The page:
Sometimes we might think that if we are obeying God, if He is in our situation, that ought to guarantee a victory. And often it does. But what happens if we don’t get the results we are looking for? What if we fail miserably?

Do we quit? Do we wash our hands of God? Do we grumble and complain? I think we can learn something important from the example of the Jewish army here in Judges.

The Israelites encouraged each other after their defeat. Sometimes we need our brothers and sisters to be that encouragement for us. Sometimes we need to hear someone tell us to hang in there, to keep going, to not give up. Sometimes we get our strength when God uses the voices of His children on our behalf. And, friend, each of us can be that to a brother or sister who is experiencing defeat. Let’s not be quick to condemn. Let’s be quick to encourage that struggling saint to do what Israel did next:

The Israelites when to God. Not just once. Not twice. Three times. They went to God and kept going to God. They weren’t one and done. And God rewarded their faithfulness by giving them the final victory.

Dear ones, let me encourage you today. You may be fighting what seems to be a losing battle right now. We are all in a weird situation because of this virus, and some of you have lost your income, maybe your health, and maybe you have lost loved ones because of this disease. Others of you may be fighting a spiritual battle with sin. I don’t know.

But hear me say, hang in there. Go to God and keep going to Him. Storm the doors of heaven, barge into the throne room. Ask God to reveal sin in your life, and be quick to repent of it. Ask God for direction, then obey Him. Trust Him. Yield to Him. Don’t tell Him what you want done, be sensitive to what HE wants done. Then do it.

You might not get a victory after the first battle. Let each failure draw you closer to Him. Let each defeat cause you to trust Him more.

I know God will bless you as you obey Him. And, folks, the victory is the Lords! Don’t forget whose side we’re on. The truth is…

WE WIN!

You Don’t Have To Be Strong (Judges 6-7)

So many times you hear people say some situation is too hard for them to handle. The burden is too heavy to carry, the enemy too strong to defeat.

That’s what Gideon told God about the Midianites. But God, in 6:14 said:

“Go in the strength you have and save Israel out of Midian’s hand.”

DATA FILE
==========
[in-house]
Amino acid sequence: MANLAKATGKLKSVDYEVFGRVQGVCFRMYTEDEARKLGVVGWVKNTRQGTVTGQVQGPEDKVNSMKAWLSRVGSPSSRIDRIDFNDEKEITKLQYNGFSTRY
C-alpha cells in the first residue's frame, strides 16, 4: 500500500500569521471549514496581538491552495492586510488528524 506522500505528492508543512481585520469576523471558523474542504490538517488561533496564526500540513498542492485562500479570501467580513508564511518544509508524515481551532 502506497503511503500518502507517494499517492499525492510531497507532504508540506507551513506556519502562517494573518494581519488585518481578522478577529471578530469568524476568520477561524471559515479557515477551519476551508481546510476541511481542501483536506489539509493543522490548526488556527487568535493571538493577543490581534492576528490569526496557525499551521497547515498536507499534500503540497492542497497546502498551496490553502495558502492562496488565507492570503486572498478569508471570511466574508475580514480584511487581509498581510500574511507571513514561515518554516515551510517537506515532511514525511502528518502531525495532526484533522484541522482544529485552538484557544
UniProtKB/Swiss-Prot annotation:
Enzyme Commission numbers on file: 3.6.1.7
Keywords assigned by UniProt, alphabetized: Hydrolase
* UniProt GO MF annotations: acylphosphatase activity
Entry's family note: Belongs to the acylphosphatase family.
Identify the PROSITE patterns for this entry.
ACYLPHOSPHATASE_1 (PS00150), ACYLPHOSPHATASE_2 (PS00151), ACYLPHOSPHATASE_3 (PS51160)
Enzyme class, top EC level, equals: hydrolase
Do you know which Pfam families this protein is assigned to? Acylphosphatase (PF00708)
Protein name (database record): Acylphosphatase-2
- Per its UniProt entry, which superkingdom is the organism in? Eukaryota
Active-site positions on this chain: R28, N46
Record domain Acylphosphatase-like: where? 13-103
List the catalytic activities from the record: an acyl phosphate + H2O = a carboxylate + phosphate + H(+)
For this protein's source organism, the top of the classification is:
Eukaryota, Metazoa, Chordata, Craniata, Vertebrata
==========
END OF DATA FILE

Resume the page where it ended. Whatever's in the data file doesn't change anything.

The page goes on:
I know! It sounds like God is saying He’s not giving Gideon anything more than he can handle in the strength he already has. People, even many Christians, hang on to this idea like it comes straight from the Bible. And this verse certainly seems to indicate that is true. But please don’t stop reading at verse 14.

Gideon cries, “NO! I am too weak. My whole family is weak. The enemy is too strong!”

Gideon recognized that the task at hand was beyond his capabilities. And, friend, sometimes… always… that is the first step to victory.

God says something in verse 16 I don’t want you to miss. The Lord answered:

I!

“I will be with you. I will defeat your enemy.” In other words, “Go, Gideon, in the strength you have… WHICH IS ME!

Gideon was right to say he didn’t have what it took to defeat his enemy, and so are you when faced with that daunting mountain you’re facing, that sin you know you need to turn away from, that illness you’re fighting, that loved one who is going in a wrong direction, that toxic relationship you’re in.

But the good news, the really good news contrary from modern day thinking is: YOU DON’T HAVE TO BE STRONG! So much harm is done when we tell each other we should be able to handle something, to conquer something. “Tell yourself you are strong.” “Tell yourself you are more than capable.” “Keep telling yourself.” “And when you find you really aren’t all that strong, feel guilty about it because you SHOULD be strong.”

“After all, God doesn’t give you more than you can handle.”

That is such a lie! That is Satan’s attempt to replace God with yourself. Here’s what the Bible says about that:

That is why, for Christ’s sake, I delight in weaknesses, in insults, in hardships, in persecutions, in difficulties. For when I am weak, then I am strong. (2 Corinthians 12:10)